On the other hand, looking at Whitman’s relationship with Lincoln in a worshiping Christ-like figure way, there can be many parallels drawn. Although, the scholar Erkkila argues that Whitman avoids the Lincoln-Christ symbolism in writing When Lilacs Last in the Dooryard Bloom’d, I disagree with this statement and feel that there are obvious connections between the symbols throughout the poem and Christ. First, the “great star” immediately reminds me of the star of Bethlehem that leads the shepherds and kings to Jesus birthplace. This “powerful western fallen star” used in Whitman’s poem also leads the reader to Lincoln and his death. Furthermore, the description of the coffin passing through the lanes and streets invokes the image of Christ carrying the cross among the ancient streets knowing fully well that he will be crucified. Furthermore, in the poem This Dust Was Once the Man, Whitman describes Lincoln as “gentile and plain” which are common descriptors of Jesus. Also, the title of the poem corresponds with Genesis 3:19, “Since from it you were taken for dust you are and dust you will return.” This short poem demonstrates that Whitman was aware of religion and the self scarifying nature of both Christ and Lincoln.


  1. tallersam:

    While I had thought about Whitman as potentially being a member of the Lincoln paparazzi, if they were alive today, I hadn’t thought about him relating to the man in terms of their celebrity. I think Whitman (and his ego) was really caught between wanting to drool uncontrollably over Lincoln and remaining the American light he saw himself as. After all, how much should the great American poet play up his influences and muses? This especially contrasts with his earlier poetry, which lacks a distinctive locus like these Lincoln poems do. It’s one thing to tell people to not focus on you, but instead to focus on an abstract idea, but another to tell them to look at another living and breathing person instead of you.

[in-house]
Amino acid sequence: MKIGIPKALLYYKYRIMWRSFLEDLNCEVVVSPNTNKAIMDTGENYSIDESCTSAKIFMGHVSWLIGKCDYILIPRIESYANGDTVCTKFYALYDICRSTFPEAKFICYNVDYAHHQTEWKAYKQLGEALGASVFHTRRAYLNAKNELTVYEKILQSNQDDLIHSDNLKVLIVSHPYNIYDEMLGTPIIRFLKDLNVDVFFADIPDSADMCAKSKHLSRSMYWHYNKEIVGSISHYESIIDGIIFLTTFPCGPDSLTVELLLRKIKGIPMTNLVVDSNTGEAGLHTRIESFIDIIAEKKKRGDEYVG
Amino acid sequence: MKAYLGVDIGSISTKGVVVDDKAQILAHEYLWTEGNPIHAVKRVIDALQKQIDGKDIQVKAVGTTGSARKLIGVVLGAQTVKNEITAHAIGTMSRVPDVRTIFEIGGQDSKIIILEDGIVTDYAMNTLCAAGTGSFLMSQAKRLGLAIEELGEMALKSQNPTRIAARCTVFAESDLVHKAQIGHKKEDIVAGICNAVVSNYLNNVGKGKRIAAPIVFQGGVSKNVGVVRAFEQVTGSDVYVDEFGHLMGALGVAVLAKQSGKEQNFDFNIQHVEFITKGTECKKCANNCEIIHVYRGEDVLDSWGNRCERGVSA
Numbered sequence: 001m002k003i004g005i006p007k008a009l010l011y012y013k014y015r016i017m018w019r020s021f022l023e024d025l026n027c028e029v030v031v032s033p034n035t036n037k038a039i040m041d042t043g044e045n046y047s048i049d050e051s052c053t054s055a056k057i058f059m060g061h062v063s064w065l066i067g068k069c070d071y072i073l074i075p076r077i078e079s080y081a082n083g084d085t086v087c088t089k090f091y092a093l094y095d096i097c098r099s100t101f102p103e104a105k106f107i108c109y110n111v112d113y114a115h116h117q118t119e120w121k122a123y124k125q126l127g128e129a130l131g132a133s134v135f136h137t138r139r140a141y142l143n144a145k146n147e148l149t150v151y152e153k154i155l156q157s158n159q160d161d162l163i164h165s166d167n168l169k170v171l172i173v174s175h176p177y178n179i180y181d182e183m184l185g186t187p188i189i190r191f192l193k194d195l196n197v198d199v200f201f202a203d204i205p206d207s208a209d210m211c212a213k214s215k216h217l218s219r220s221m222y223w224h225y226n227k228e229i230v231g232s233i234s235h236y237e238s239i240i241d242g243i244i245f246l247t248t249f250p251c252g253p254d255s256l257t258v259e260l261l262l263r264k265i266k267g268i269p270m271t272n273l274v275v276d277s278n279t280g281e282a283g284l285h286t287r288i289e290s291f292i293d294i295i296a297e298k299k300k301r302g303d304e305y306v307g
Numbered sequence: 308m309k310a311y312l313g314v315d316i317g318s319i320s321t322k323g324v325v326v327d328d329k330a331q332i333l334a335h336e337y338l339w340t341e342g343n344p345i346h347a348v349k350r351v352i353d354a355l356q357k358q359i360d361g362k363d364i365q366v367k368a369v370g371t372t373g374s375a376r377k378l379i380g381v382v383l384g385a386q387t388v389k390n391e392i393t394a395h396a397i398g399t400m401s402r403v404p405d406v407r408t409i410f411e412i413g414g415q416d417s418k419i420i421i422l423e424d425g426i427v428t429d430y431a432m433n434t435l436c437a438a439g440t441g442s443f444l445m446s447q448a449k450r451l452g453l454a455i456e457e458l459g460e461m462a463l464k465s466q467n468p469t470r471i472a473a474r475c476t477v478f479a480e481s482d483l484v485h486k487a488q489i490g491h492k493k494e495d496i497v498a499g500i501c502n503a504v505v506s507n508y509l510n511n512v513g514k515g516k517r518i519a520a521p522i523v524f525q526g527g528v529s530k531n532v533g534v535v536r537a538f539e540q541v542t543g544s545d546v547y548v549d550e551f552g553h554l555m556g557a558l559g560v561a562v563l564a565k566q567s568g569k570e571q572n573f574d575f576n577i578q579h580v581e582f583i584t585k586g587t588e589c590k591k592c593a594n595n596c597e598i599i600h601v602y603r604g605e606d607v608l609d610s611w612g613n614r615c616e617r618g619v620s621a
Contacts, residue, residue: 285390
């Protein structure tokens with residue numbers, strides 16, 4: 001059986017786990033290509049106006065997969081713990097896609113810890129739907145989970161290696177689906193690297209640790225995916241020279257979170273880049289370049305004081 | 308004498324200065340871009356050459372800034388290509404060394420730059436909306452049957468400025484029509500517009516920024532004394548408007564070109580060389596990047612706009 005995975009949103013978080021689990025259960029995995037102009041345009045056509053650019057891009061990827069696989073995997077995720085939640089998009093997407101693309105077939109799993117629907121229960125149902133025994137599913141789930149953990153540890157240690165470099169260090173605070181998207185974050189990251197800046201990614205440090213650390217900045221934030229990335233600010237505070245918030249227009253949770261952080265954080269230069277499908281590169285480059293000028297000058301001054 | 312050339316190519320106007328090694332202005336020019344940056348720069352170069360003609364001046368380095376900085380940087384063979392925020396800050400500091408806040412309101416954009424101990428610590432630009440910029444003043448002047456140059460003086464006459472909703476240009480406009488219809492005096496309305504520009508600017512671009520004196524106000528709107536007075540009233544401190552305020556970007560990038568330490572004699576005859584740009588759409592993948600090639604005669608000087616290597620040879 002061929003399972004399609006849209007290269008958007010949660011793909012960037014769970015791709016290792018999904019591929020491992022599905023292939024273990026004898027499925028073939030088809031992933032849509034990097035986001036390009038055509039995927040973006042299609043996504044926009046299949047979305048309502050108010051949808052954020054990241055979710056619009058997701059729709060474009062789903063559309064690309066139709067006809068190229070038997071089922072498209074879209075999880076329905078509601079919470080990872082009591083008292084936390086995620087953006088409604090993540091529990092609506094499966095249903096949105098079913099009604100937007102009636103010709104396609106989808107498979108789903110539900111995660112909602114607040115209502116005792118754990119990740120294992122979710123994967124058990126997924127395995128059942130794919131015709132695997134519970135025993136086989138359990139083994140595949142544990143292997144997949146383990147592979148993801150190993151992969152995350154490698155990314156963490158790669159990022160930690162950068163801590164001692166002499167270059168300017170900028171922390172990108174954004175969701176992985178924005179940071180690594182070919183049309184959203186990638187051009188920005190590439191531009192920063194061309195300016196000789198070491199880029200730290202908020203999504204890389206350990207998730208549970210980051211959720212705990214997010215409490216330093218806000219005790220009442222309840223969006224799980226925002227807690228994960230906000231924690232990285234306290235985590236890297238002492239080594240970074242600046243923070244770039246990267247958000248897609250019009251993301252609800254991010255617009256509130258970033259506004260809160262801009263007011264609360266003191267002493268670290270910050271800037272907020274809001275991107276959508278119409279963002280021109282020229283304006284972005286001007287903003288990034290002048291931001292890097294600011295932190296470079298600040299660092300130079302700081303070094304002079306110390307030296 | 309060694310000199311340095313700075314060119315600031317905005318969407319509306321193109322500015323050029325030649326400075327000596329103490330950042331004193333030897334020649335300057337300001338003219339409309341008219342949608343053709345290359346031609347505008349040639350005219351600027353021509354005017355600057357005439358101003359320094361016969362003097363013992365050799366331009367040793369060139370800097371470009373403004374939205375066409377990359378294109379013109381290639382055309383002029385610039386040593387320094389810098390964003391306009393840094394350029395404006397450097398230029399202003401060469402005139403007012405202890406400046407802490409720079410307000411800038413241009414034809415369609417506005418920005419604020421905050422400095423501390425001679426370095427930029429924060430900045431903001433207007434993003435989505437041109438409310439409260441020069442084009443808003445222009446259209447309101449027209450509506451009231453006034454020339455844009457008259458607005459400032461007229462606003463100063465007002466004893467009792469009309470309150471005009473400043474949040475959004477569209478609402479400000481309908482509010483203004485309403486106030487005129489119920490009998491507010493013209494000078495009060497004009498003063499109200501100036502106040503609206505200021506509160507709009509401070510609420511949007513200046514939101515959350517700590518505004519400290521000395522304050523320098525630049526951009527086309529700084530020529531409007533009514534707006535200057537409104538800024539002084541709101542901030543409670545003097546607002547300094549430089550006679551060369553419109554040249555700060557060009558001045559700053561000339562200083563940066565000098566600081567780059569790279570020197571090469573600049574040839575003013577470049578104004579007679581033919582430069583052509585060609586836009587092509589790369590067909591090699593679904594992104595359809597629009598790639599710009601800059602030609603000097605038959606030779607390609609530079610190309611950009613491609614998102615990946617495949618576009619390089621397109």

I think that Lincoln’s death begs the Christ comparison that you’re talking about. He had just “redeemed” the country from its slave-owning past, a task that had taken an obvious physical toll on him. As well, he wasn’t considered by his followers to have done anything wrong. Did Whitman worship Lincoln though? I’m not so sold on that, but he was darn close.

  2. bcbottle:

    I like your point about how Whitman, while claiming that it would take four great painters to depict Lincoln, describes Lincoln in his poetry without apology. It makes me wonder whether Whitman would have considered his writing as art in the same way he considers a portrait art. Perhaps Whitman saw himself as merely describing rather than portraying, and perhaps if we were able to ask him he would say that his poetry could not do justice to the man.

    This comment was a bit tangential, but I’m just going to go with it.

  3. bcbottle:

    After writing that comment I realized that I had mistyped. Whitman had wanted writers to be part of the depiction of Whitman. However, they were a different type of writer than Whitman, specifically a playwright and a biographer. I think Whitman would consider himself most like the biographer, but i still think Whitman would have considered himself differently than these other “geniuses”

  4. Mara Scanlon:

    This part of your post Brendon is commenting on above also struck me, Jess. It reminds me of W’s saying the real war will never get in the books, then writing/publishing a book to give us the real war. We hear him call in Memoranda for someone up to the task of capturing Lincoln’s face– but then he himself describes that face in lovely detail. W is often compared to the hermit-thrush in Lilacs, but if we follow your thinking, he’s more like the star, himself the prophet or annunciator that shines brightly in the sky to be admired and draws us to the new-born/newly-dead leader.